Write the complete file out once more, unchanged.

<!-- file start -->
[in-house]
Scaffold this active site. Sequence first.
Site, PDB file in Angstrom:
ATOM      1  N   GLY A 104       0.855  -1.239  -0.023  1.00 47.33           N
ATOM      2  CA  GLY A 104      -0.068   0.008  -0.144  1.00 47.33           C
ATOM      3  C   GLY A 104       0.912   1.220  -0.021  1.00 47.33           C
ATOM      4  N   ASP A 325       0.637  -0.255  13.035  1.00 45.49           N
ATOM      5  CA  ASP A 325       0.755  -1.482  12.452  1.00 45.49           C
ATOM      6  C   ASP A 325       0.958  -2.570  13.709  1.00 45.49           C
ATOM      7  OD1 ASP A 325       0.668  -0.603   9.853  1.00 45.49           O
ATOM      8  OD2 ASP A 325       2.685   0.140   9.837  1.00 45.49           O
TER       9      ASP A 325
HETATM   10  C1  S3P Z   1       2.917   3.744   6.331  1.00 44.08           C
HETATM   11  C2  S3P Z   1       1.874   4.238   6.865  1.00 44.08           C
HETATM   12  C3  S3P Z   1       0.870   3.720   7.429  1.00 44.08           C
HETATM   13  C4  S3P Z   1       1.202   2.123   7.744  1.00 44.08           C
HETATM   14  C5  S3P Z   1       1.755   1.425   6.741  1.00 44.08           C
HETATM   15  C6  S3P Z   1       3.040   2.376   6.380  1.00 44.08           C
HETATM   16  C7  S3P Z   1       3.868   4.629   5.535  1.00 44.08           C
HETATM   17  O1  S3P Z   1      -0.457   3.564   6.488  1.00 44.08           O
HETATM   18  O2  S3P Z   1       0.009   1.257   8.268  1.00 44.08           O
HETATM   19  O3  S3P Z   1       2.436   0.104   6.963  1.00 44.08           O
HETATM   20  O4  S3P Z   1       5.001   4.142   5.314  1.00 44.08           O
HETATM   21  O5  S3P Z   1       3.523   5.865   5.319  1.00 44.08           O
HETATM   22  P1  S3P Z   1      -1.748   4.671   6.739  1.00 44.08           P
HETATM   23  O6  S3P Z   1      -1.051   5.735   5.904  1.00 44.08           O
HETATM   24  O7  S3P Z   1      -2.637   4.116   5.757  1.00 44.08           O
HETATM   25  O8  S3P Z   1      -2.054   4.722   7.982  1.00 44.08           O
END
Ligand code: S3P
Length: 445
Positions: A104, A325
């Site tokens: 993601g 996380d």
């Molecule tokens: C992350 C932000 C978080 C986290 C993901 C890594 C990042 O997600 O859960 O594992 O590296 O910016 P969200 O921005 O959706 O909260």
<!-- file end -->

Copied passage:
[in-house]
Scaffold this active site. Sequence first.
Site, PDB file in Angstrom:
ATOM      1  N   GLY A 104       0.855  -1.239  -0.023  1.00 47.33           N
ATOM      2  CA  GLY A 104      -0.068   0.008  -0.144  1.00 47.33           C
ATOM      3  C   GLY A 104       0.912   1.220  -0.021  1.00 47.33           C
ATOM      4  N   ASP A 325       0.637  -0.255  13.035  1.00 45.49           N
ATOM      5  CA  ASP A 325       0.755  -1.482  12.452  1.00 45.49           C
ATOM      6  C   ASP A 325       0.958  -2.570  13.709  1.00 45.49           C
ATOM      7  OD1 ASP A 325       0.668  -0.603   9.853  1.00 45.49           O
ATOM      8  OD2 ASP A 325       2.685   0.140   9.837  1.00 45.49           O
TER       9      ASP A 325
HETATM   10  C1  S3P Z   1       2.917   3.744   6.331  1.00 44.08           C
HETATM   11  C2  S3P Z   1       1.874   4.238   6.865  1.00 44.08           C
HETATM   12  C3  S3P Z   1       0.870   3.720   7.429  1.00 44.08           C
HETATM   13  C4  S3P Z   1       1.202   2.123   7.744  1.00 44.08           C
HETATM   14  C5  S3P Z   1       1.755   1.425   6.741  1.00 44.08           C
HETATM   15  C6  S3P Z   1       3.040   2.376   6.380  1.00 44.08           C
HETATM   16  C7  S3P Z   1       3.868   4.629   5.535  1.00 44.08           C
HETATM   17  O1  S3P Z   1      -0.457   3.564   6.488  1.00 44.08           O
HETATM   18  O2  S3P Z   1       0.009   1.257   8.268  1.00 44.08           O
HETATM   19  O3  S3P Z   1       2.436   0.104   6.963  1.00 44.08           O
HETATM   20  O4  S3P Z   1       5.001   4.142   5.314  1.00 44.08           O
HETATM   21  O5  S3P Z   1       3.523   5.865   5.319  1.00 44.08           O
HETATM   22  P1  S3P Z   1      -1.748   4.671   6.739  1.00 44.08           P
HETATM   23  O6  S3P Z   1      -1.051   5.735   5.904  1.00 44.08           O
HETATM   24  O7  S3P Z   1      -2.637   4.116   5.757  1.00 44.08           O
HETATM   25  O8  S3P Z   1      -2.054   4.722   7.982  1.00 44.08           O
END
Ligand code: S3P
Length: 445
Positions: A104, A325
């Site tokens: 993601g 996380d």
């Molecule tokens: C992350 C932000 C978080 C986290 C993901 C890594 C990042 O997600 O859960 O594992 O590296 O910016 P969200 O921005 O959706 O909260």